The data in Figure 5(c) show a time-dependent increase in phosphorylation of the G297D mutant, similar to that seen with the WT protein. In contrast, the low-level phosphorylation in the D295A and D295N mutant proteins did not increase with an increase in time.

3.7. B2H Analysis of Protein Interactions

Interaction between PDK and E1 in our reconstituted in vitro system comprises a multistep sequence including recognition, binding, and phosphotransfer. We used the B2H synthetic genetic system to test the possibility that reduced phosphorylation of the AtPDC E1α D295A and D295N mutants was due to impaired binding of PDK. In these assays, protein interaction is quantified using the β-galactosidase reporter. Interactions between AtPDK and the mutant forms of AtPDC E1α were slightly reduced relative to WT E1α (Figure 6). It does not appear, however, that these small decreases in protein interaction are adequate to explain the large decreases in phosphorylation (Figure 5).

939068.fig.006
Figure 6: Quantitative analysis of interactions between AtPDC E1 and AtPDK. Quantitative B2H analysis was used to study interaction between WT AtPDC E1α, the D295A, and D295N mutants and AtPDK. The AtPDK sequence was cloned into the Stratagene B2H vector pBT, while the E1α sequences were cloned into pTRG. After selection, protein interactions were quantified using the β-galactosidase reporter. The value for 100% of WT activity was 3 μmol min−1 1.0 A600−1. Data are the mean ± SEM from two separate experiments, each assay conducted in triplicate.

4. Discussion

Two approaches were used previously to express recombinant plant mitochondrial PDC E1. Staphylococcal protein A-based vectors were constructed to direct secretion of the E1α and E1β subunits of P. sativum pyruvate dehydrogenase from separate strains of B. subtilis [23]. A bipartite vector was designed for simultaneous expression of E1α and E1β subunits in the cytoplasm of P. pastoris, but very low yields were the result of an unfavorable codon-usage bias [24]. While useful for analytical studies of E1 assembly, these systems yielded too little protein for detailed biochemical characterizations.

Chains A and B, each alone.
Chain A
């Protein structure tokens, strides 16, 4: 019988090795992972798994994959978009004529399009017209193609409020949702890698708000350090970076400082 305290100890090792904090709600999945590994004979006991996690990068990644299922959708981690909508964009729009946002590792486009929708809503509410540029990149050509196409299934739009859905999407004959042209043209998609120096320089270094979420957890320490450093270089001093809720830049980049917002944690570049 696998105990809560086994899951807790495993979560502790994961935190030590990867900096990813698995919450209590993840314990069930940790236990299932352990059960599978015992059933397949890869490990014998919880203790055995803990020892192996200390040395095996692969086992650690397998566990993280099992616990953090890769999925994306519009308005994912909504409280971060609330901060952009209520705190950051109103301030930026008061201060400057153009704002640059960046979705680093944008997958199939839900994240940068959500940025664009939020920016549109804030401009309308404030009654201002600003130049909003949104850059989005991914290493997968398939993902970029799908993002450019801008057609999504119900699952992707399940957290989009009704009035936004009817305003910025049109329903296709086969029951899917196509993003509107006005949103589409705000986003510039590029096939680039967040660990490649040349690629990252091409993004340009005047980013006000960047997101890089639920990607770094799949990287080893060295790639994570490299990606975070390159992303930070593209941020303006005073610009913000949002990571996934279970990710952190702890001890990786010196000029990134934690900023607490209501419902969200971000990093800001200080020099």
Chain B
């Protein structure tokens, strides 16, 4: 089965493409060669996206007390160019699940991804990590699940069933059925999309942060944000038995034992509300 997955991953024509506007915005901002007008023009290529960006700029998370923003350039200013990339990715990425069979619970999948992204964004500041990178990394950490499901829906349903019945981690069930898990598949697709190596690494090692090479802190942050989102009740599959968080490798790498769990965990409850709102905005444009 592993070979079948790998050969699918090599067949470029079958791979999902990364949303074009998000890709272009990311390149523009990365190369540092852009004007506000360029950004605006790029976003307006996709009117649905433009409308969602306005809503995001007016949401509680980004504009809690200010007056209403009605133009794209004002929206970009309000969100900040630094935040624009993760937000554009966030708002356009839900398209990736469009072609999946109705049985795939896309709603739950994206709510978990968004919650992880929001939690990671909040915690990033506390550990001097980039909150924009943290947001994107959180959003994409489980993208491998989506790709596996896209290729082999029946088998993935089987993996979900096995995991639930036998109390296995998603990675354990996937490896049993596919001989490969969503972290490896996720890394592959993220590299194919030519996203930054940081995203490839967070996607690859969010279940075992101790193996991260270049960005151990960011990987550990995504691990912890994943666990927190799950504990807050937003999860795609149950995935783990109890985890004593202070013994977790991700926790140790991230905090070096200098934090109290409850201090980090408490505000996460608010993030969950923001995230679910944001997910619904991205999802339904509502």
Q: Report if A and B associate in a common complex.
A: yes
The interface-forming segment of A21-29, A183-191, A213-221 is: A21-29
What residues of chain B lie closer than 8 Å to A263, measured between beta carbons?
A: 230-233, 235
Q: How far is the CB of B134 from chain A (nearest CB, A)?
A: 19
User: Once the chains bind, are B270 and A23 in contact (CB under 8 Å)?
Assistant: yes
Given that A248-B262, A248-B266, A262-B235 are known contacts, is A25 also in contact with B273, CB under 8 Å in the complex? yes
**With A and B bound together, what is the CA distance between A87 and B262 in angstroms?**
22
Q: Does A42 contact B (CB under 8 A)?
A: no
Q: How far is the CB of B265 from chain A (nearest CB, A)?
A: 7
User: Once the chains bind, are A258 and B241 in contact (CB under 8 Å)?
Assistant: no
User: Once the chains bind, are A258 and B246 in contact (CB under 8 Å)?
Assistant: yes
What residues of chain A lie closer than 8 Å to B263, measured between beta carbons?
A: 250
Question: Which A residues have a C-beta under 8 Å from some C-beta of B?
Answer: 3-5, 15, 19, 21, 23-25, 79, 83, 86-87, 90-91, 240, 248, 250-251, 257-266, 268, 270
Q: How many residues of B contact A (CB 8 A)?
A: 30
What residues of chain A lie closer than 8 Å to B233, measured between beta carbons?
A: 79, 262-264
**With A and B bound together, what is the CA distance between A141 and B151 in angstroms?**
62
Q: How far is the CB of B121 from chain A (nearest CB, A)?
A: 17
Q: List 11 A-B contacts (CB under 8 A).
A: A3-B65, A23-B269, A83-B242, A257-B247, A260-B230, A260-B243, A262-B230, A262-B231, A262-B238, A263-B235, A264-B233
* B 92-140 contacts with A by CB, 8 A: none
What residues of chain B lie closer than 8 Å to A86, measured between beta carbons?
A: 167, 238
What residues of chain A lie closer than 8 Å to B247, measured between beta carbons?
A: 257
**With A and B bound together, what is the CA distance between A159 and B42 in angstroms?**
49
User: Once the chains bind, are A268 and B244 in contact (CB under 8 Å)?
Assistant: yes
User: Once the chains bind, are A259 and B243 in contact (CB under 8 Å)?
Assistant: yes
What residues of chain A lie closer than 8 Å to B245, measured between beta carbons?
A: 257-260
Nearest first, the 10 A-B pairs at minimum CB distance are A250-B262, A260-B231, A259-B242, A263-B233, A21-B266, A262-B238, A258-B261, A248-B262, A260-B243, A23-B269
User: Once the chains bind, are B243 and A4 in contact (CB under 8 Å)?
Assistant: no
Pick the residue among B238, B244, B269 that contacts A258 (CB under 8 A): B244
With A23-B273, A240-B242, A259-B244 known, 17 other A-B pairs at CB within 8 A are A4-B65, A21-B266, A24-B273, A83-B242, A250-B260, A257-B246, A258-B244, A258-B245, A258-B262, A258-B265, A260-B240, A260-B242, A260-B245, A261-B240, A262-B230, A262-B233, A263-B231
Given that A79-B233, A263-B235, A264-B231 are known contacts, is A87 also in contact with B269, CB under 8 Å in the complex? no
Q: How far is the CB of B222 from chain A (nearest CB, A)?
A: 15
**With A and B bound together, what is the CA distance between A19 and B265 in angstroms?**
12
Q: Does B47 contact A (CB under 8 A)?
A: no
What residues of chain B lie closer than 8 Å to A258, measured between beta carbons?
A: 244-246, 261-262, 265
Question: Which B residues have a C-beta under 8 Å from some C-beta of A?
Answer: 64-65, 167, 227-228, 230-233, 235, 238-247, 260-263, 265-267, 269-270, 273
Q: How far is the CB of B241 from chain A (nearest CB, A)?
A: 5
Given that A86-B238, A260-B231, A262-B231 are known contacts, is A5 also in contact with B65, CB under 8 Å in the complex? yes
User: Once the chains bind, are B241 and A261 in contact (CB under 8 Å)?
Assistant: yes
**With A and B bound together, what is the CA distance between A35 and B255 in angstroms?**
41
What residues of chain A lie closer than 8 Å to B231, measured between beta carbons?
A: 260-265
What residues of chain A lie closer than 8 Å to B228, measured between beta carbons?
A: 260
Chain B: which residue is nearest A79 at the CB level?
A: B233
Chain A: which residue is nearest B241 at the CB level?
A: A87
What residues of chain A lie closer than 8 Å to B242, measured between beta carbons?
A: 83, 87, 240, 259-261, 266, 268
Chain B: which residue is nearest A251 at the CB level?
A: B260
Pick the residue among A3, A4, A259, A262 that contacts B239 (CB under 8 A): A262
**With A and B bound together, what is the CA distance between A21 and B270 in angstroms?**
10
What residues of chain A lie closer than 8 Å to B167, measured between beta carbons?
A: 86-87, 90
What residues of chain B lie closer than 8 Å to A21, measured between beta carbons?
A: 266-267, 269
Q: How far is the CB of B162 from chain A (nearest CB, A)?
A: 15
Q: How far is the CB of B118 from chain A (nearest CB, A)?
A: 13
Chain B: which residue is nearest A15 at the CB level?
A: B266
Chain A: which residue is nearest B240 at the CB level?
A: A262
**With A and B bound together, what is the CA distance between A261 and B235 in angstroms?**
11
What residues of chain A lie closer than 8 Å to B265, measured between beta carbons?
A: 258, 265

The envisioned analyses necessitated development of a method for heterologous expression and rapid purification of active, correctly folded and assembled recombinant AtPDC E1. The E. coli coexpression strategy routinely yielded ~8 mg of purified E1 per 500 mL, and more than 90% of this was assembled into heterotetramers. Catalytic activity was seemingly not influenced by the N-terminal His6-tag. When individually expressed at high levels neither subunit was soluble, suggesting that correct folding and assembly of large amounts of the heteromeric enzyme require the simultaneous presence of both subunits. Complexity in the folding and assembly pathway was not unexpected based upon previous reports [23, 24, 37, 38] and the reported participation of the GroE chaperonins [3941].

Recombinant tetrameric AtPDC E1 catalyzed decarboxylation of pyruvate in the presence of high (1.0 mM) and low (1.8 μM) concentrations of the artificial electron acceptor K3Fe(CN)6 (Tables 1 and 2). The specific activity of the recombinant enzyme was 0.32 μmol min−1 mg−1 protein in assays containing 1 mM K3Fe(CN)6. This is ~2-fold higher than the values reported for recombinant HsPDC E1 [42] or native E. coli E1 [43] under similar assay conditions. The pyruvate value for recombinant AtPDC E1 is similar to that of native pea mitochondrial PDC [44] but cannot be compared directly because of differences in assay procedures. There are currently no literature values for recombinant E1 proteins.

The catalytic activity of the AtPDC E1 S292A mutant was reduced by 26% (Table 1), which is essentially identical to the effect previously reported for HsPDC E1 [42]. The activity of the AtPDC E1 S292D/S298A double mutant was reduced by 90% (Table 1). Replacement of the HsPDC E1 site 1 Ser residue with the P-Ser mimic Glu reduced decarboxylase activity but abolished PDC activity. This result agrees with the previous observations that phosphorylation has a more pronounced effect on reductive acetylation than on substrate binding [43, 45].

Recombinant AtPDC E1 was efficiently phosphorylated in vitro by AtPDK. One mole of phosphate was incorporated per mol of subunit dimer. (Figure 3). The slight 32P incorporation on the S292A mutant and the unaffected phosphorylation level of the S298A mutant catalyzed by AtPDK suggested that only Ser292 is phosphorylated in our assay condition (Figure 3). Analysis of the S298A mutant by QqTOF tandem MS verified phosphorylation of only Ser292 (Figure 4). Our finding that only site 1 is phosphorylated with the reconstituted minimum A. thaliana system is in agreement with results obtained using the recombinant human proteins [46] and validate use of the plant system for further mechanistic studies.